Poignant, funny, at times heart-breaking. The drawings, about one to a page, are perfect. I'm a huge fan of BEK (the New Yorker cartoonist), and his mPoignant, funny, at times heart-breaking. The drawings, about one to a page, are perfect. I'm a huge fan of BEK (the New Yorker cartoonist), and his memoir did not disappoint. It brought to mind Joe Brainard's I Remember, as different as they are, I suppose beacuse of the era they evoke, a time left behind with all of relics, objects, ways of behaving--from heavy black dial phones to tin crates for milk bottles, to expressions like "dumb bunny."
Emotions were confusing things for me and still are. "I'm not angry!" my father would shout, when you asked him if he was angry. "I'm not upset!" my mother would say in an upset way when you asked her if she was upset. "I'm upset," I would tell my father, who would say firmly, "You're not upset." I think I loved the clarity of emotions on television. Everyone was what they were. I loved how direct Rick and Lucy were, even when they were not being direct with each other." (156).
This could have been my home BEK is describing. Only that we weren't allowed to watch "I Love Lucy."
I loved the section in Ireland, her childhood right up to her marriage and when she leaves her husband and finally gains custody of her two boys (theI loved the section in Ireland, her childhood right up to her marriage and when she leaves her husband and finally gains custody of her two boys (the first half of the book). Then the memoir loses some of its richness...gets caught up in social circles, brief stories. There are again moments of beauty and richness but...never in the same way. This is a memoir by a very private person, so...that shows....more
The sort of story that once started, I have to finish in nearly one sitting. A fascinating account of a woman whose childhood was spent in part amongThe sort of story that once started, I have to finish in nearly one sitting. A fascinating account of a woman whose childhood was spent in part among monkeys in the Colombian jungle (as a five-year-old, she was kidnapped, then abandoned in the jungle). Later, surrendering herself to a stranger, she is sold to become a slave-worker in a brothel but her wits, along with a kindly neighbor's warning, keep her from actually becoming a prostitute. Street life and more follow but Marina's wits, well-honed in the art of survival, as well her need for genuine human connection, keep her safe for the most part and alive.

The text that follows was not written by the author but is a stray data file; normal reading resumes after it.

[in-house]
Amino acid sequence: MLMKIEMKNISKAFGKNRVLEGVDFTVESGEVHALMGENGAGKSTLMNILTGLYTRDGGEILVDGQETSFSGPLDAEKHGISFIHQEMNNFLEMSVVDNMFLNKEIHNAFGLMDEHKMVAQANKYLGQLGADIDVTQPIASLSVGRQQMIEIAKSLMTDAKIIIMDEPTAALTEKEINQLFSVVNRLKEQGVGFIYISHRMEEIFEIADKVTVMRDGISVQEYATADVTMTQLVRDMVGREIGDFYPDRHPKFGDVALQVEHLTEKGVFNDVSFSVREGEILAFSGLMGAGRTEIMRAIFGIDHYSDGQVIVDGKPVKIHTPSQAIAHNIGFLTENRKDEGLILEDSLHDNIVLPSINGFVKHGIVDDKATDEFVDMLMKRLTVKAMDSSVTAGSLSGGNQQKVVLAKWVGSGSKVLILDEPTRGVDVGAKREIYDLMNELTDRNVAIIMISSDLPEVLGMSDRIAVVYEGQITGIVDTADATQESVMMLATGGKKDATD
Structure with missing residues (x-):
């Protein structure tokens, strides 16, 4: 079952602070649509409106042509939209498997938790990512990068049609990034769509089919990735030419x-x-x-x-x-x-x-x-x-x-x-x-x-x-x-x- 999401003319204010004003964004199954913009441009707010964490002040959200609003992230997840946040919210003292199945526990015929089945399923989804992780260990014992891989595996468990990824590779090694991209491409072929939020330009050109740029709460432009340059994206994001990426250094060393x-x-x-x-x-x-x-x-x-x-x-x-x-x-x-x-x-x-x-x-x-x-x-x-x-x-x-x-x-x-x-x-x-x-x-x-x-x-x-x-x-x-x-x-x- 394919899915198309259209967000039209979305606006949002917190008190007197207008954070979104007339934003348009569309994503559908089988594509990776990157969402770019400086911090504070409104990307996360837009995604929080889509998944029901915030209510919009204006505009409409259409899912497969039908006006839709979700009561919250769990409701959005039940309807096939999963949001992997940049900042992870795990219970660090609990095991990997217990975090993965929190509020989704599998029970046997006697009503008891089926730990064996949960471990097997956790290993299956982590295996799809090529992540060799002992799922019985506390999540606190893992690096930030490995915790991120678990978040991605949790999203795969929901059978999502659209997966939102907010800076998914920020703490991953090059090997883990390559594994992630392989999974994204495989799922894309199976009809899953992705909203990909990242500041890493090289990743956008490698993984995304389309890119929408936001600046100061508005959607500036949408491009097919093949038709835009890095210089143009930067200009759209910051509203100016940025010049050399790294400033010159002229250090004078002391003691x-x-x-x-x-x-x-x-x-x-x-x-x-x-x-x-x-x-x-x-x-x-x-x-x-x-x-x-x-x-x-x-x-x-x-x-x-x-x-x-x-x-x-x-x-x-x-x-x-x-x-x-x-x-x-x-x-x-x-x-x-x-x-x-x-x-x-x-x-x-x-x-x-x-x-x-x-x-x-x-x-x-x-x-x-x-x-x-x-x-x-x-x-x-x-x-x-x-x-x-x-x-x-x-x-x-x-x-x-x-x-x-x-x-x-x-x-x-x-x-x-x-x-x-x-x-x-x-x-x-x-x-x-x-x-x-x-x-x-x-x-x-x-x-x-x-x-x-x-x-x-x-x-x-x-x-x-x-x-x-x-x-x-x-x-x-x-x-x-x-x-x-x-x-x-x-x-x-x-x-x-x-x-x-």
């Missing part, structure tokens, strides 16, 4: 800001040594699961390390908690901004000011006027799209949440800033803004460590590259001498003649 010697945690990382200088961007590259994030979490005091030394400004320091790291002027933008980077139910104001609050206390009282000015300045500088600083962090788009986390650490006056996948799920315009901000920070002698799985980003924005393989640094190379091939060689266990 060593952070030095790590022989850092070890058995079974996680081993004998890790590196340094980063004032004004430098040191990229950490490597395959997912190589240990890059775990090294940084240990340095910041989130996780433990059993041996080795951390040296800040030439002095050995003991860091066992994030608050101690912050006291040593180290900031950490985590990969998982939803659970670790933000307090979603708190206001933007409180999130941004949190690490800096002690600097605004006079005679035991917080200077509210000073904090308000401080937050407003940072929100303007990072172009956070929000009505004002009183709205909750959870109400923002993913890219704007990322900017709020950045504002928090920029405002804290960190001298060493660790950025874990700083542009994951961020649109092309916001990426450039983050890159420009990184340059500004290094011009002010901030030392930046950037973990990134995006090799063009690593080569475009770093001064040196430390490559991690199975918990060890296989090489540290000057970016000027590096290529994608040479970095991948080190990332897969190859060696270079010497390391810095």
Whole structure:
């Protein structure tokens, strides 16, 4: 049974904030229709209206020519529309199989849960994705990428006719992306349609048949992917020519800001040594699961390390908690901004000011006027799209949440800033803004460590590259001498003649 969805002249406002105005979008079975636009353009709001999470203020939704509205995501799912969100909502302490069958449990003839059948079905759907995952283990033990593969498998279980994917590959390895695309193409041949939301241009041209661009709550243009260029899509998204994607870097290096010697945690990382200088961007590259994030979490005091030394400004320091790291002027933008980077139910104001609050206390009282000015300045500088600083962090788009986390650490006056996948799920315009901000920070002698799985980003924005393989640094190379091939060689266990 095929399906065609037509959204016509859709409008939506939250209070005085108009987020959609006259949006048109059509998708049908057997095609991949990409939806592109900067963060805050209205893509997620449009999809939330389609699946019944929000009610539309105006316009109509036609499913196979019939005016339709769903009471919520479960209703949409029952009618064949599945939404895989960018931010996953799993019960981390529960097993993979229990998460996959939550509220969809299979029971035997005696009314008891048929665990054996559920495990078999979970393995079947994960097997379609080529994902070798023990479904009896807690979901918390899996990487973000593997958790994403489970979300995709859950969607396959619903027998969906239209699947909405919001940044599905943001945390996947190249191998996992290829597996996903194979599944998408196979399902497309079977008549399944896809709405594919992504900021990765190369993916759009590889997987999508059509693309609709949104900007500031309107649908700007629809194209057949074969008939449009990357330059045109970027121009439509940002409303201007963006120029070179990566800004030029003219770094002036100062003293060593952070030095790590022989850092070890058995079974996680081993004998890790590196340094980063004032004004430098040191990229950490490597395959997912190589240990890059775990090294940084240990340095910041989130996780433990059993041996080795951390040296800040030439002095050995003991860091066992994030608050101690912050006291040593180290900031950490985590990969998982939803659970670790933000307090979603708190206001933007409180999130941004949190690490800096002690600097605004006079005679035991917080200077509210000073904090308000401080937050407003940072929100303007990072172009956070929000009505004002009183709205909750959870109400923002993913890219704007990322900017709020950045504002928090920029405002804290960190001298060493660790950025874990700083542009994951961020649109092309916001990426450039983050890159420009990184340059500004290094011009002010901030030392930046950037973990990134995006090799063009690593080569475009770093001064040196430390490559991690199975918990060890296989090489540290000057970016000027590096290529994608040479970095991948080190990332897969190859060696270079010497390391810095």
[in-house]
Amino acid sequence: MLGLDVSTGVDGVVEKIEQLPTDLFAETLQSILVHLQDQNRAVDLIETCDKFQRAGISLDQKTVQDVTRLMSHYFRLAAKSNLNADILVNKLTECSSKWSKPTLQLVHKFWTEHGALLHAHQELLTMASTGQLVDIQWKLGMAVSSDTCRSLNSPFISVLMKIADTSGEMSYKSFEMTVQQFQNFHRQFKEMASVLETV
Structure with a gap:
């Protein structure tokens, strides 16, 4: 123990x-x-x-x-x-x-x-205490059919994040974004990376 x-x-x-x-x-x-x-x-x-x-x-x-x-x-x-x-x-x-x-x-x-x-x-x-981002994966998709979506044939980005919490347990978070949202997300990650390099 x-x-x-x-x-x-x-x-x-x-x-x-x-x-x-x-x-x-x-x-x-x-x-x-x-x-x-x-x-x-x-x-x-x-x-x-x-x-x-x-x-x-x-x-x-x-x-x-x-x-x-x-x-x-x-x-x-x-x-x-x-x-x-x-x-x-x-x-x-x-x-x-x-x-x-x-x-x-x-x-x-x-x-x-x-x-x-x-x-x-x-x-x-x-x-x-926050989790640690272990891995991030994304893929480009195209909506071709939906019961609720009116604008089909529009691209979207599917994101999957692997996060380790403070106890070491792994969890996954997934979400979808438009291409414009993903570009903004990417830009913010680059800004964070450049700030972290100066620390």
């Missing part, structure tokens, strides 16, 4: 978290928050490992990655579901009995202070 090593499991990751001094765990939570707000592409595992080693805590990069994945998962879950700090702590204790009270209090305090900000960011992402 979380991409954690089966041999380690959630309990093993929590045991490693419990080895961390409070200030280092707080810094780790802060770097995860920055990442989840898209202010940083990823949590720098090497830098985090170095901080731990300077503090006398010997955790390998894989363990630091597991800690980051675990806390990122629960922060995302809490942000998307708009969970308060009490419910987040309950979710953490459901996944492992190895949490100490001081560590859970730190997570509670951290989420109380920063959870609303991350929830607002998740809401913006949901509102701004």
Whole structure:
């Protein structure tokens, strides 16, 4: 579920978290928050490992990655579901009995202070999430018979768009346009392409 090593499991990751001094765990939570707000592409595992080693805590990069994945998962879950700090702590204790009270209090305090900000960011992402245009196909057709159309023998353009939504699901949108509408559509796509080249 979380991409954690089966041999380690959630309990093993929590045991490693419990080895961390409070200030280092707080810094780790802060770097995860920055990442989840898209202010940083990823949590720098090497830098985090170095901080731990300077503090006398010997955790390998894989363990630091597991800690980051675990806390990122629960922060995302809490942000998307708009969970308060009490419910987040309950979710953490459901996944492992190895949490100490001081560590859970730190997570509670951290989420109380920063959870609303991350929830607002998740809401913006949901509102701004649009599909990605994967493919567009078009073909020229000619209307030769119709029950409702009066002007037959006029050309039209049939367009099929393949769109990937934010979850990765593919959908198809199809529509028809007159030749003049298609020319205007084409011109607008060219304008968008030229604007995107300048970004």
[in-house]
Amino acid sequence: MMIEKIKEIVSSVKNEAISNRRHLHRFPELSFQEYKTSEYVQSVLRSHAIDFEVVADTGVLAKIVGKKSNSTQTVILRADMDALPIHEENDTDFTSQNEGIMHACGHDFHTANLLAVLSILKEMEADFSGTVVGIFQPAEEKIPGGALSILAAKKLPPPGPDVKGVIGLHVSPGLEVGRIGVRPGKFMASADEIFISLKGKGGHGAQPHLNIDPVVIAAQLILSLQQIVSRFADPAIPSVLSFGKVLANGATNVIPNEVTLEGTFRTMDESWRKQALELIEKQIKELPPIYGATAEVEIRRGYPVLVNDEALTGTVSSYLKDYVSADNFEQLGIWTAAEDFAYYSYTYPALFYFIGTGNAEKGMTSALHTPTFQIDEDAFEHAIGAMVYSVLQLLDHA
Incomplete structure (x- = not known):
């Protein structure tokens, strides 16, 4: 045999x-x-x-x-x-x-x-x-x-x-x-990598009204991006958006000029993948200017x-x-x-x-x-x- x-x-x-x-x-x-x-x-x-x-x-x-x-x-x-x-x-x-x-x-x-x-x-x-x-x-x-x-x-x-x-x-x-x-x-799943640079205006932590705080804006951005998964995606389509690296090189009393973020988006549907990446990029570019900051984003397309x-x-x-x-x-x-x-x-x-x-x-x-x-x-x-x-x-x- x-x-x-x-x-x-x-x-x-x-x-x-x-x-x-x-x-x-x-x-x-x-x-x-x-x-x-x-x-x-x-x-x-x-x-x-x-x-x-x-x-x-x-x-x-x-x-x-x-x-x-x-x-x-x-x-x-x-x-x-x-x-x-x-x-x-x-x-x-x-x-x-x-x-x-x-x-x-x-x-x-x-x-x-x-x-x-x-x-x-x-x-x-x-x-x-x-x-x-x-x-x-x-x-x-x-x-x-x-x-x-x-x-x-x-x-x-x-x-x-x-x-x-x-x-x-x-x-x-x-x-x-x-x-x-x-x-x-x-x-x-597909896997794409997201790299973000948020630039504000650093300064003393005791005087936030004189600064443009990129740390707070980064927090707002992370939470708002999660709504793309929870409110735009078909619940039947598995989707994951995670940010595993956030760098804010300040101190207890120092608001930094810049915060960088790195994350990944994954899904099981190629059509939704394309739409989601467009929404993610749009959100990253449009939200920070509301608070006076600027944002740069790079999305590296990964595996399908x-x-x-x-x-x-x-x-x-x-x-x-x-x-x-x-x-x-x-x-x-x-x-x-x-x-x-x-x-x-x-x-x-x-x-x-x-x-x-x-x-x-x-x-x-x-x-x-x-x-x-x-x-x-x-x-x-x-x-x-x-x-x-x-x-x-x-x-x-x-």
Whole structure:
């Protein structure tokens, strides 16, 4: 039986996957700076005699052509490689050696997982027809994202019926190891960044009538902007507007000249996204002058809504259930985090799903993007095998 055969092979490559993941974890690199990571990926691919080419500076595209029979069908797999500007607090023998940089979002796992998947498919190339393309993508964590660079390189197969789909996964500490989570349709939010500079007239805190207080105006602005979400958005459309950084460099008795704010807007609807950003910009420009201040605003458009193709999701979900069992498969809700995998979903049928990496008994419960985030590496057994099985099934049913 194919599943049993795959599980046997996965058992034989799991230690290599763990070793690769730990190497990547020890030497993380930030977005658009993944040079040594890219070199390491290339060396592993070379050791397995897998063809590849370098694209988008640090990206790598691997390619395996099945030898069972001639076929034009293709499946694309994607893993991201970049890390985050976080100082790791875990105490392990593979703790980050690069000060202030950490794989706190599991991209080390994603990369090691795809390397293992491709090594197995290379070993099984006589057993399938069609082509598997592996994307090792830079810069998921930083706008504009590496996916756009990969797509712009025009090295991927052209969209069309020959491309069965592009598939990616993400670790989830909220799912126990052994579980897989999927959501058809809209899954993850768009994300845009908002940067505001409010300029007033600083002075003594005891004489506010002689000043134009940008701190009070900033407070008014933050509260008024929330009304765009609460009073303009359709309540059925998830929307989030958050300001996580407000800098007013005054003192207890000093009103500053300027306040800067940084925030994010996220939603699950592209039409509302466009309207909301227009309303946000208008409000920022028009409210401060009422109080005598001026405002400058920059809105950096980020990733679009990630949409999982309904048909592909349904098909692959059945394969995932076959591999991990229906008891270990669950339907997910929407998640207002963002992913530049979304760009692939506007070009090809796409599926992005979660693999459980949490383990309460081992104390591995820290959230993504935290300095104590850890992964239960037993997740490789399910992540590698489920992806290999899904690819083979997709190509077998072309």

I am fascinated by wild child stories: what makes us human? What makes us 'civilized'? What are we without the human family? Marina's account of her time among monkeys adds to my appreciation of animal intelligence. More than once she is saved by a member of the clan: once, terribly ill from something she ate, she is brought to water by an elder, made to drink and hence, vomit.
Some of the other goodreads reviews doubt the veracity of the account. I do not, or at least no more than I doubt other memoirs to be 100% "true." Intrinsic in the act of writing about one's life is embellishment, and the line between memory and imagination is not always clearly drawn in our mind. But those who doubt, it seems to me, fail to consider both the incredible cruelty humans beings can have for others, the mercenary ends we engage in, the extent of human trafficking, and the capacity that the animal world, in particular primates, have for connection, empathy, and awareness.